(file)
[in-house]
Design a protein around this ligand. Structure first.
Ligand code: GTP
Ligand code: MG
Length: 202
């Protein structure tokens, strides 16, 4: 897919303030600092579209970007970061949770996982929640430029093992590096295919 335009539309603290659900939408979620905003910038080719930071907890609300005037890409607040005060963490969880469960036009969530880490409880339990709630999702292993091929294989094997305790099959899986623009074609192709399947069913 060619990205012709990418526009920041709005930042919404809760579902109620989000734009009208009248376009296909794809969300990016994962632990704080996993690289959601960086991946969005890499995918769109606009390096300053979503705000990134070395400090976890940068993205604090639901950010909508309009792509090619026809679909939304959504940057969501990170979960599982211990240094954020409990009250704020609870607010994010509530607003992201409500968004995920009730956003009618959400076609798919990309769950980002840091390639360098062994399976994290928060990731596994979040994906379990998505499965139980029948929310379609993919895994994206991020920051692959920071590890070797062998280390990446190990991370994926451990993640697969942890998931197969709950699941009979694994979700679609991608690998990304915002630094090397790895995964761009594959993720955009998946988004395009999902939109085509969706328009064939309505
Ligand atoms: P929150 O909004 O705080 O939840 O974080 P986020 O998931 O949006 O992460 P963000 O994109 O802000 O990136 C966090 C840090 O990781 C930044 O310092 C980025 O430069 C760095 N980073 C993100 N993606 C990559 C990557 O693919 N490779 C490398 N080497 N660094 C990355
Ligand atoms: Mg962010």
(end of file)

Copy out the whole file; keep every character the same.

[in-house]
Design a protein around this ligand. Structure first.
Ligand code: GTP
Ligand code: MG
Length: 202
């Protein structure tokens, strides 16, 4: 897919303030600092579209970007970061949770996982929640430029093992590096295919 335009539309603290659900939408979620905003910038080719930071907890609300005037890409607040005060963490969880469960036009969530880490409880339990709630999702292993091929294989094997305790099959899986623009074609192709399947069913 060619990205012709990418526009920041709005930042919404809760579902109620989000734009009208009248376009296909794809969300990016994962632990704080996993690289959601960086991946969005890499995918769109606009390096300053979503705000990134070395400090976890940068993205604090639901950010909508309009792509090619026809679909939304959504940057969501990170979960599982211990240094954020409990009250704020609870607010994010509530607003992201409500968004995920009730956003009618959400076609798919990309769950980002840091390639360098062994399976994290928060990731596994979040994906379990998505499965139980029948929310379609993919895994994206991020920051692959920071590890070797062998280390990446190990991370994926451990993640697969942890998931197969709950699941009979694994979700679609991608690998990304915002630094090397790895995964761009594959993720955009998946988004395009999902939109085509969706328009064939309505
Ligand atoms: P929150 O909004 O705080 O939840 O974080 P986020 O998931 O949006 O992460 P963000 O994109 O802000 O990136 C966090 C840090 O990781 C930044 O310092 C980025 O430069 C760095 N980073 C993100 N993606 C990559 C990557 O693919 N490779 C490398 N080497 N660094 C990355
Ligand atoms: Mg962010």